Organizing the Literacy Block

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Information about Organizing the Literacy Block
Education

Published on January 28, 2009

Author: slbc

Source: authorstream.com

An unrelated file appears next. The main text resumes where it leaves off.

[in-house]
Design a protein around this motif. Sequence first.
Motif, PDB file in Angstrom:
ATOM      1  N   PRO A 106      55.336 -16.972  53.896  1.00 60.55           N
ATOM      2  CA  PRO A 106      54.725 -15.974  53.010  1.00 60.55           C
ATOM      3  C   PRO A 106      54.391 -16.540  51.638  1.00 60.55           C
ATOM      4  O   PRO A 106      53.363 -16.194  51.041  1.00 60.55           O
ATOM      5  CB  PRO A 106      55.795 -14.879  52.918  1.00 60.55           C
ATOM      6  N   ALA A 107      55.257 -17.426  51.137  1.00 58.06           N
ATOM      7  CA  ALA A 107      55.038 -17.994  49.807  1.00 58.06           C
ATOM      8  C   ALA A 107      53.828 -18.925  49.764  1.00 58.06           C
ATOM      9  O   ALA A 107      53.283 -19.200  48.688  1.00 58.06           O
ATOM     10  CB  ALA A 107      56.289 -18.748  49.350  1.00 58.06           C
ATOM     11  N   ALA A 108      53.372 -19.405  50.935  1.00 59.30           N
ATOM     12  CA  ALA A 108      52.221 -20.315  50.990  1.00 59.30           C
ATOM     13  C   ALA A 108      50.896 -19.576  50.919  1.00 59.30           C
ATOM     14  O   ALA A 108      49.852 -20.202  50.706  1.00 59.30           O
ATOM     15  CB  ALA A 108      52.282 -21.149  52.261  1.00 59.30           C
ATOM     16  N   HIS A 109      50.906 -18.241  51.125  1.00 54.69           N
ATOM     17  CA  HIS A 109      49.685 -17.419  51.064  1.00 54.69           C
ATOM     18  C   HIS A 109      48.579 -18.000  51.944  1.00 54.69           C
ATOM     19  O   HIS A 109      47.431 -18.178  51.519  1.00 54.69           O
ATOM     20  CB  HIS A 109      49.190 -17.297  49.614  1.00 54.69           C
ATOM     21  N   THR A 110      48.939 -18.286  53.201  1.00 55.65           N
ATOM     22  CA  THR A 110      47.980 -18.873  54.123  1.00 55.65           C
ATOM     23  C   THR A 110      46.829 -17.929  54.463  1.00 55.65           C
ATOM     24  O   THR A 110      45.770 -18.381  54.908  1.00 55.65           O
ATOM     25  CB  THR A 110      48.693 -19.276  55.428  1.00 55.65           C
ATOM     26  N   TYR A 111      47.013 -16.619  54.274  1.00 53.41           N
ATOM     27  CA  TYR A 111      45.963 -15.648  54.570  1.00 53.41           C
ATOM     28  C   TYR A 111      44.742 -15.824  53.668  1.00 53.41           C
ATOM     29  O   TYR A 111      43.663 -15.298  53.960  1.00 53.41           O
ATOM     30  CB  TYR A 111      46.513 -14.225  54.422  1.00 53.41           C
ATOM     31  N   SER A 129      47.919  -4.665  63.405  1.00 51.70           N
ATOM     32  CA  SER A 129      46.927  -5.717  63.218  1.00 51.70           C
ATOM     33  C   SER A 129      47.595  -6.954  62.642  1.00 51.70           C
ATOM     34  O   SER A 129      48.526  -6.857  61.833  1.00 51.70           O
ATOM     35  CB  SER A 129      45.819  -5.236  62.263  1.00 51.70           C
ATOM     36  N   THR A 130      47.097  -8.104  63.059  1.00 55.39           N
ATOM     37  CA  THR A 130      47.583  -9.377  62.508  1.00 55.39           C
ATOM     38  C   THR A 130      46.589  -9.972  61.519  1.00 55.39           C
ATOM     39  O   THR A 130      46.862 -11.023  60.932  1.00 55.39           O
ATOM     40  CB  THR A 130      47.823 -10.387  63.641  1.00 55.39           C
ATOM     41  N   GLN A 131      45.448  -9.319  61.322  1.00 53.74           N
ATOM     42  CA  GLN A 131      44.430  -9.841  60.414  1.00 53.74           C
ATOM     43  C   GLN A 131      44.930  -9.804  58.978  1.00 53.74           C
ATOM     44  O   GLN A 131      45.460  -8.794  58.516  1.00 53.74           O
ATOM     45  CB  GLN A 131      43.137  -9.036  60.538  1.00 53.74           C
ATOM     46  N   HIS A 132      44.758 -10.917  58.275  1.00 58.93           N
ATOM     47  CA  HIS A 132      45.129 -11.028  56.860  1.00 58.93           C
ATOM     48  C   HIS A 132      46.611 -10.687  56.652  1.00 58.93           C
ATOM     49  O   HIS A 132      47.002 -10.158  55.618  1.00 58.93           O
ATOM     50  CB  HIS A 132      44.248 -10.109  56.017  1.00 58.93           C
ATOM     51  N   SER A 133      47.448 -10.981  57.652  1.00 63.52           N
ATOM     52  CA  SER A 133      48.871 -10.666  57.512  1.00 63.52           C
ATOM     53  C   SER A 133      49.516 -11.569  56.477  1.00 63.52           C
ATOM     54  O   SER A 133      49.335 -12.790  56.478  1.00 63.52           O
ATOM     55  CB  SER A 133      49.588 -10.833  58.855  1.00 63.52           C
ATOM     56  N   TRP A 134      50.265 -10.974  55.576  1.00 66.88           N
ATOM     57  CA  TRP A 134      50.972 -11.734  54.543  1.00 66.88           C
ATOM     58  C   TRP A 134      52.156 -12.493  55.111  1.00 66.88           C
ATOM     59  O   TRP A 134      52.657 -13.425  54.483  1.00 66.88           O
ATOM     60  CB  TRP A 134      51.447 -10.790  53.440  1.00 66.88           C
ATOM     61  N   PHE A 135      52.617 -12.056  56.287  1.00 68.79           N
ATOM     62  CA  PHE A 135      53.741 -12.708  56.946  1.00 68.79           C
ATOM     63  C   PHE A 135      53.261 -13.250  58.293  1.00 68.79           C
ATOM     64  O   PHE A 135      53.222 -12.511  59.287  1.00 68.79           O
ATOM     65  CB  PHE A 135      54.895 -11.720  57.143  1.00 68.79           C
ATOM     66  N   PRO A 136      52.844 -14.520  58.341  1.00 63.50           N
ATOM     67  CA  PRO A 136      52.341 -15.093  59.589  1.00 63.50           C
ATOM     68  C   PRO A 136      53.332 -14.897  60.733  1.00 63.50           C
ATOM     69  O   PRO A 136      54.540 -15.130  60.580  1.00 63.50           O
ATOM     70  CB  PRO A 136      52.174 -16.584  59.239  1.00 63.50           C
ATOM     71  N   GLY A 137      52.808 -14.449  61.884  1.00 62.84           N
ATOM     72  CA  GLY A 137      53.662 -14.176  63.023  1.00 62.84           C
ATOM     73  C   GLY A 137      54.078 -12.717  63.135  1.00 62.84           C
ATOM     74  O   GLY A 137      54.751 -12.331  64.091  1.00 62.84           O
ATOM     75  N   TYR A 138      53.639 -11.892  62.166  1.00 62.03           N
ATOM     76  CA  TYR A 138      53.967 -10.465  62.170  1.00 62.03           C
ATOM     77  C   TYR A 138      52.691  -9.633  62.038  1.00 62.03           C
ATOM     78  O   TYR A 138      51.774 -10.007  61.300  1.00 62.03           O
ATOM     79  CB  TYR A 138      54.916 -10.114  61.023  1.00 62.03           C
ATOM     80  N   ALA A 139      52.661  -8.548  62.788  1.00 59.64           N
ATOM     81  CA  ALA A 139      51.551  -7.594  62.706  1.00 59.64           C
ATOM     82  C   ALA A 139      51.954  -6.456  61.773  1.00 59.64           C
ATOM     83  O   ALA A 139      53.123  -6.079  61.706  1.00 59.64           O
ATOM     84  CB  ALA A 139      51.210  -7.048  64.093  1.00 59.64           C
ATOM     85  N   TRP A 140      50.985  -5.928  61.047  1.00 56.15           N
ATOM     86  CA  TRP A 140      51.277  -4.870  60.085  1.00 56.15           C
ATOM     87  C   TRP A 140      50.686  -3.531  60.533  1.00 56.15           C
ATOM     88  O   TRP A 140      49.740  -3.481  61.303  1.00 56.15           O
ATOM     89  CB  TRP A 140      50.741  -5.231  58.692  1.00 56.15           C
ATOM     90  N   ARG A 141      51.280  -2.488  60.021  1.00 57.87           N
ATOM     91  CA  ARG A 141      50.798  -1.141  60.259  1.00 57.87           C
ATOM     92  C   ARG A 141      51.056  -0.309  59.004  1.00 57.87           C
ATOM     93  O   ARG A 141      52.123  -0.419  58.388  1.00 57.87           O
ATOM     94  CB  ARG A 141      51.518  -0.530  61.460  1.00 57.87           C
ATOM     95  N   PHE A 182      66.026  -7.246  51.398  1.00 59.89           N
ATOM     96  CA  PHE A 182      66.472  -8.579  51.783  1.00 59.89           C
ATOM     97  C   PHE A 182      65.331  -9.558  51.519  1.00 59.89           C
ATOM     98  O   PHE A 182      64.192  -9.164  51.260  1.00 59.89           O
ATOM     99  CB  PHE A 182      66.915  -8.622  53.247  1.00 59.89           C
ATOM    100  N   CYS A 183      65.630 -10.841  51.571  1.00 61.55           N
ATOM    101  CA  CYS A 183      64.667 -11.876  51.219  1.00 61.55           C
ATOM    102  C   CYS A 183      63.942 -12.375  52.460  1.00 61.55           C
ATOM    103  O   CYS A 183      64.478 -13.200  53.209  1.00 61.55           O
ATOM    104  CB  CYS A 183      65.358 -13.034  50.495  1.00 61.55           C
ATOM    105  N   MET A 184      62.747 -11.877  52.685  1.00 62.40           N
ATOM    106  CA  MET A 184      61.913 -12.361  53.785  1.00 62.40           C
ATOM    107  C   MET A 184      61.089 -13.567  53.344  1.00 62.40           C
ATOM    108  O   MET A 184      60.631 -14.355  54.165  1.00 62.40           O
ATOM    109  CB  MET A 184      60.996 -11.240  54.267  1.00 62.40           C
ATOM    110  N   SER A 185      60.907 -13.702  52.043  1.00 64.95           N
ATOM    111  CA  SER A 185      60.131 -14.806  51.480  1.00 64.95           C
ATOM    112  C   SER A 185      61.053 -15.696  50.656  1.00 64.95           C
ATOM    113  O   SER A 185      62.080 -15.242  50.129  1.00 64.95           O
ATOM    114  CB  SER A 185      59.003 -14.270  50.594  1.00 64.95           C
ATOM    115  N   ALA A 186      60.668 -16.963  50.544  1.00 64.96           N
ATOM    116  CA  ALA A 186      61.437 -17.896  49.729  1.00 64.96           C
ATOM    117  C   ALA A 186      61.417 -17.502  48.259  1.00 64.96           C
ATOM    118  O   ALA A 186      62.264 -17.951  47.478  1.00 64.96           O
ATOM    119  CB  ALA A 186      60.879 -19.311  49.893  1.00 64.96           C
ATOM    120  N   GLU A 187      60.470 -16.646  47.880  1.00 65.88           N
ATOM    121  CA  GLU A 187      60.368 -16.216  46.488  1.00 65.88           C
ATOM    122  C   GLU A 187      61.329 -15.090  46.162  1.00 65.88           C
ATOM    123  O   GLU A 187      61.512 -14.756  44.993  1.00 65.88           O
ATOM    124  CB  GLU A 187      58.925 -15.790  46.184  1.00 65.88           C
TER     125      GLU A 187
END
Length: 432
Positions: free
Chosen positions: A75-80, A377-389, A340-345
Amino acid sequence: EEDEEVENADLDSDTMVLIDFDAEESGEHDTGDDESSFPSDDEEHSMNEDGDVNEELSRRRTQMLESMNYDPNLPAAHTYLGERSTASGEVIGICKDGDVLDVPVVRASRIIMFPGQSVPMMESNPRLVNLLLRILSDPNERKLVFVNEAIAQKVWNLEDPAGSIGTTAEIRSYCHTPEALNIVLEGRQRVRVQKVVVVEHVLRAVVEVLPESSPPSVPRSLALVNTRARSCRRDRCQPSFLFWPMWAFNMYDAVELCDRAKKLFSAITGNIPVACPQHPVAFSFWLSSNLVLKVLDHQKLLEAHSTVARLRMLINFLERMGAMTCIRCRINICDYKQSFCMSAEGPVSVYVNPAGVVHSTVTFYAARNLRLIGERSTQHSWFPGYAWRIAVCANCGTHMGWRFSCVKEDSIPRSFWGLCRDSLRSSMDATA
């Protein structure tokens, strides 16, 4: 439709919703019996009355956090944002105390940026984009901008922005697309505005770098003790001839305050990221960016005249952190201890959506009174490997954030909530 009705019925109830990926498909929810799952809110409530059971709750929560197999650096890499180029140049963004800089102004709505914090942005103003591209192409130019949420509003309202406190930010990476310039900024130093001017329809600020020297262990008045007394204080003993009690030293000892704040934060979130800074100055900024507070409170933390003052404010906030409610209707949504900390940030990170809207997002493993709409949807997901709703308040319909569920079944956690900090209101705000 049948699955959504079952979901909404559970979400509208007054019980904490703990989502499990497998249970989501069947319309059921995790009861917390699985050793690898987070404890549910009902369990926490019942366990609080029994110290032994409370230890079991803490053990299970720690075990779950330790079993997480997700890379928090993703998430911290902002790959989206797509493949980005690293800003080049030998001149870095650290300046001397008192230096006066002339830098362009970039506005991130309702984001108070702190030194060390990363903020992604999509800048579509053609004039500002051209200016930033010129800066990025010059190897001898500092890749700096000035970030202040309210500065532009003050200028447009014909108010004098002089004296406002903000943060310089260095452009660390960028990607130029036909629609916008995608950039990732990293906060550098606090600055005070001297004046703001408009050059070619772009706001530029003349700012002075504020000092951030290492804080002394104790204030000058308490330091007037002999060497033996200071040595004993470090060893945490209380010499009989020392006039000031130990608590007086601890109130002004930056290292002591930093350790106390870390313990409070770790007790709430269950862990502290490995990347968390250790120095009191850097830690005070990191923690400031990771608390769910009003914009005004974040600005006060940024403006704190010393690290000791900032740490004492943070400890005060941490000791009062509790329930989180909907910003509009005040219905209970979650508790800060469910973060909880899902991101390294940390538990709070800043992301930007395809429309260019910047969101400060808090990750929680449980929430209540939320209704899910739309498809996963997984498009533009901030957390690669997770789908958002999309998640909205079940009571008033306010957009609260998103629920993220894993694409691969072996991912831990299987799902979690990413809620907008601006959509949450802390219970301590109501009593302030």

Organizing the Literacy Block : Organizing the Literacy Block Rebecca Pilver rpilver@eastconn.org Today’s Outcomes : Today’s Outcomes Learn about four structures for the literacy block Reader’s Workshop Guided Reading Reciprocal Teaching Literature Circles Discuss ways to manage them within the literacy block. The Optimal Learning Model : The Optimal Learning Model To Models, Demonstrations The teacher shows precisely “how to do it” by modeling, explaining, and thinking aloud With Shared, Guided Experiences Students are supported as they work through the “unknown”. Students practice while teacher is on hand to validate, support, teach, provide scaffolds, encourage, help, and give feedback as needed. By Practice, Consolidation, Develop Comfort and Fluency Students use what they have already learned and practiced to problem solve successfully on their own. Learning Contexts : Learning Contexts Readers’ Workshop : Readers’ Workshop Slide 6: Sustained Silent Reading Student chooses any book to read Daily time to read, 10-30 minutes Optional classroom library Book may be below or above reading level No checking by teacher No writing involved No teaching involved No reading goals set Independent Reading Student chooses any book to read, teacher may guide selection Daily time to read, 30 minutes or more Excellent classroom library Students read mostly “just-right” books Teachers monitors comprehension Student keeps a reading record and responds to reading Teaching occurs during minilesson and conference Teacher and student set reading goals Independent Reading : Independent Reading The focus is on learning how to become better readers. It begins with a short minilesson. Students independently read self-selected books at their independent level. Students keep track of their reading. Students may apply the minilesson to their reading. Students respond to their reading. The teacher confers with individual students. It ends with some kind of sharing that ties back to the minilesson. Slide 8: Talking about books is a way to spark students’ interest and introduce them to new texts they might otherwise miss. Minilessons : Minilessons A minilesson is explicit teaching, designed to help students work more productively during independent reading. 3 Types of Minilessons : 3 Types of Minilessons Minilessons on Reading Management Minilessons on Reading Strategies and Skills Minilessons to Promote Literary Analysis Conferences : Conferences To confer means to have a genuine conversation with the reader about how the reading is going. Group Share : Group Share Group share is related to the minilesson. Sometimes individuals share with the whole group; sometimes they share in pairs, threesomes, or small groups. Reading Records and Response Journals : Reading Records and Response Journals Units of Study : Units of Study Comprehension Strategies Author’s Craft Genre Studies Character Development Author Studies Units of Inquiry : Units of Inquiry How do readers understand what they read? Do all readers have the same understanding when they read? What makes a book popular? How do authors create characters? Are all genres equal in importance? Factors Critical to Readers’ Workshop Success : Factors Critical to Readers’ Workshop Success Purpose…..why are we doing this? Relevance….how does this connect to me? Connected…..within the workshop and to other content areas Big Ideas….essential understandings that students walk away with Slide 17: Guiding Questions….a spirit of inquiry Variety….minilessons, responses to literature, texts Community of Readers….book talks, our top 10, organize the library, favorite genres, stop and talk about a great book, Shelfari Ongoing Assessment….makes learning relevant and purposeful Student Goal Setting and Self Assessment….responsibility for own learning Guided Reading : Guided Reading Why Guided Reading? : Why Guided Reading? Slide 20: Research has identified what good readers do as they read. Read the good reader characteristics. Think about your students. Which of these characteristics do all of your students have? Which of these do most of your students have? Some of your students? Few? Code each characteristic with A (all), M (most), S (some), F (few) Slide 21: The purpose of guided reading is to meet the varying instructional needs of all the students in your class. Slide 22: Guided reading is an approach… that is only one part of a differentiated reading program. that enables children to practice strategies with the teacher’s support and that leads to strategic independent reading. in which the text used should not present too many or too varied difficulties, but should offer a moderate challenge. that groups students who demonstrate similar needs and process text at about the same level in which the instruction is specific and focused, finely tuned to the needs and challenges of the particular group. Slide 23: Guided Reading is an approach that enables children to practice strategies with the teacher’s support and that leads to strategic independent reading. Slide 24: What the learner can do with support What the learner can do independently The term “zone of proximal development” is used to describe the experience of a learner who works successfully with the support of another and extends his or her knowledge in the process. The Zone of Proximal Development In the Zone of Proximal Development, the student acquires new learning with the support of an expert other. The student makes the transition from relying on the teacher’s support to applying the learning independently. Slide 25: The Zone of Proximal Development Slide 26: Student independently comprehends literally. Reads grade level texts accurately and with adequate speed and prosody. Not able to make inferences on their own while reading grade level texts. Guided Reading Lesson Teacher guides students through a text at grade level that requires student to inference. Teacher uses questioning to help students connect the literal information in the text to their background knowledge in order to make inferences. Guided Reading Provides the Zone of Proximal Development Slide 27: Types of Text Novels Short Stories Nonfiction Texts Articles Magazines Anthology Textbook Picture Books Slide 28: The Guided Reading Lesson Read a lesson and discuss with a partner: How did the teacher make the new text accessible to the readers? How did the teacher engage the interests, knowledge, or experiences of the readers? Did the teacher provide critical new information or concepts? What did the readers learn to do that will help them process not only this text but other texts better? Slide 29: Guided Reading is an approach in which the text used should not present too many or too varied difficulties, but should offer a moderate challenge. Slide 30: Levels of Text Difficulty Student can read the text alone without support. Student can read with scaffolding and support. NOT TOO EASYNOT TOO FRUSTRATINGHAS SOME CHALLENGE Student cannot read effectively alone or with support. Choose texts from here for guided reading in order to offer challenges and opportunities for growth The Zone of Proximal Development Slide 31: Selecting Text Read the text. Discuss with group and prepare to report out: What challenges does this text present? What type of reader might this text offer just the right kind of support for? Look back at what good readers do. What might this text be good for teaching? In what others ways could this text and similar texts be used in reading and content areas? Literature Circles : Literature Circles Literature Circles : Literature Circles Small temporary groups are formed, based upon book choice Different groups read different books Groups meet on a regular, predictable schedule to discuss their reading Kids use written or drawn notes to guide both their reading and discussion Discussion topics come from the students Group meetings aim to be open, natural conversations about books, so personal connections, digressions, and open-ended questions are welcome In newly-forming groups, students may play a rotating assortment of task roles The teacher serves as a facilitator, not a group member or instructor Evaluation is by teacher observation and student self-evaluation A spirit of playfulness and fun pervades the room. When books are finished, readers share with their classmates, and then new groups form around new reading choices. Literature Circle Minilessons : Literature Circle Minilessons How My Thinking Has Changed Good Discussion Questions Open Questions/Closed Questions QAR Question of the Day Reciprocal Teaching : Reciprocal Teaching A dialogue between students Reciprocal interactions where one person acts in response to the other Structured dialogue for using four strategies: questioning, summarizing, clarifying, predicting Slide 36: How do we know what our students’ needs are? List some of the assessments that you use in reading (informal and formal). Exit Card : Exit Card I learned… I want to try….. I wonder…. One more thing I want to say…..